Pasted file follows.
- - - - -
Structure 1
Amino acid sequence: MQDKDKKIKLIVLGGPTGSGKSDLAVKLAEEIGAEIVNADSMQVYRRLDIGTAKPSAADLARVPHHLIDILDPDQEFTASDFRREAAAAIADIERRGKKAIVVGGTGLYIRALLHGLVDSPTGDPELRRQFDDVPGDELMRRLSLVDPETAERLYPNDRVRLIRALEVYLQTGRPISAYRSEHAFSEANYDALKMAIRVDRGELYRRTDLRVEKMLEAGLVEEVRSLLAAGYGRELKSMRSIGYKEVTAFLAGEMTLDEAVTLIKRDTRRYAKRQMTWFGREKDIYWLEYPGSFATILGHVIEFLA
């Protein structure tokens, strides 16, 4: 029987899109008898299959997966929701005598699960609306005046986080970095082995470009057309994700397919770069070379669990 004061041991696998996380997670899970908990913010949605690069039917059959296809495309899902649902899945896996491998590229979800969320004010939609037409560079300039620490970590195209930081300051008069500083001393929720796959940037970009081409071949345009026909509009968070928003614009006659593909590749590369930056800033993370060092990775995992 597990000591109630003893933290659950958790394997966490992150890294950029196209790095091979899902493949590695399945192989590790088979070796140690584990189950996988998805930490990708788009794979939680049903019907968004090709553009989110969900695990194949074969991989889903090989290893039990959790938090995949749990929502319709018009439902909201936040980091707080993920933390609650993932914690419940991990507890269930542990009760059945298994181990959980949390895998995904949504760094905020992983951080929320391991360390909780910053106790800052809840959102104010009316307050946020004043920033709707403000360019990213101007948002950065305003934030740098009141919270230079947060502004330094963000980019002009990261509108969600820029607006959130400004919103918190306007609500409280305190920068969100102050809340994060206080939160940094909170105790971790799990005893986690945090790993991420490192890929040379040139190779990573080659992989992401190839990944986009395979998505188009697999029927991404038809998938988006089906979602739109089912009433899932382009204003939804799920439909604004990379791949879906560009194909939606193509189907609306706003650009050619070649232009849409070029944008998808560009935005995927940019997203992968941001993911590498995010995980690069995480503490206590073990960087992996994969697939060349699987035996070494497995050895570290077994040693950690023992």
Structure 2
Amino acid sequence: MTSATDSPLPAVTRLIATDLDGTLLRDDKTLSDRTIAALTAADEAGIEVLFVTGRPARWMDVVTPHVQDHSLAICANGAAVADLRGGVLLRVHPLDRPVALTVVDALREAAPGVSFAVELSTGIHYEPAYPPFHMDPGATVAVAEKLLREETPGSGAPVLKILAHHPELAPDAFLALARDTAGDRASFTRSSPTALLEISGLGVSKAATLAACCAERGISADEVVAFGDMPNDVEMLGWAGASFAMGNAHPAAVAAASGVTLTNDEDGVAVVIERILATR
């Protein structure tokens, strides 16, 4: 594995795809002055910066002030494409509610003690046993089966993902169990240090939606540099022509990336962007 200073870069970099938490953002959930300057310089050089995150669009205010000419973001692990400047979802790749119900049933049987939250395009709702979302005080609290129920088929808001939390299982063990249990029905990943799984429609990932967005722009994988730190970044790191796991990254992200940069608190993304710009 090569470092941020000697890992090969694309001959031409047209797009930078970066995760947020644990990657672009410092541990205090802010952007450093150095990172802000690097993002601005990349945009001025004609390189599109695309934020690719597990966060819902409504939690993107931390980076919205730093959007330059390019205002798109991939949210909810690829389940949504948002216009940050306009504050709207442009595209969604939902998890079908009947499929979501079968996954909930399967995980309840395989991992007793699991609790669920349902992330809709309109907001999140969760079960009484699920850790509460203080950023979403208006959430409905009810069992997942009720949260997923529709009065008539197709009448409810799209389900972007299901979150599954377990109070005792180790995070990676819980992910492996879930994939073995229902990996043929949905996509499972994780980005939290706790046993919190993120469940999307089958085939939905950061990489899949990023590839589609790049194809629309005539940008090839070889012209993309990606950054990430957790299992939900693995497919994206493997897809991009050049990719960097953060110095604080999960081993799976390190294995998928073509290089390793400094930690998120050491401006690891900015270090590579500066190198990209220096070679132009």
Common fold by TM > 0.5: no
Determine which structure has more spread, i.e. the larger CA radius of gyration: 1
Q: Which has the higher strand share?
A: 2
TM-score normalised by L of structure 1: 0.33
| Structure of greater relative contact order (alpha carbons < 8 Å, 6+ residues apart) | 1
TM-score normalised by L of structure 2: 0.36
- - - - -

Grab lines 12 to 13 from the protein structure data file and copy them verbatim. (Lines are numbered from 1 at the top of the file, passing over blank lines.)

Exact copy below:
| Structure of greater relative contact order (alpha carbons < 8 Å, 6+ residues apart) | 1
TM-score normalised by L of structure 2: 0.36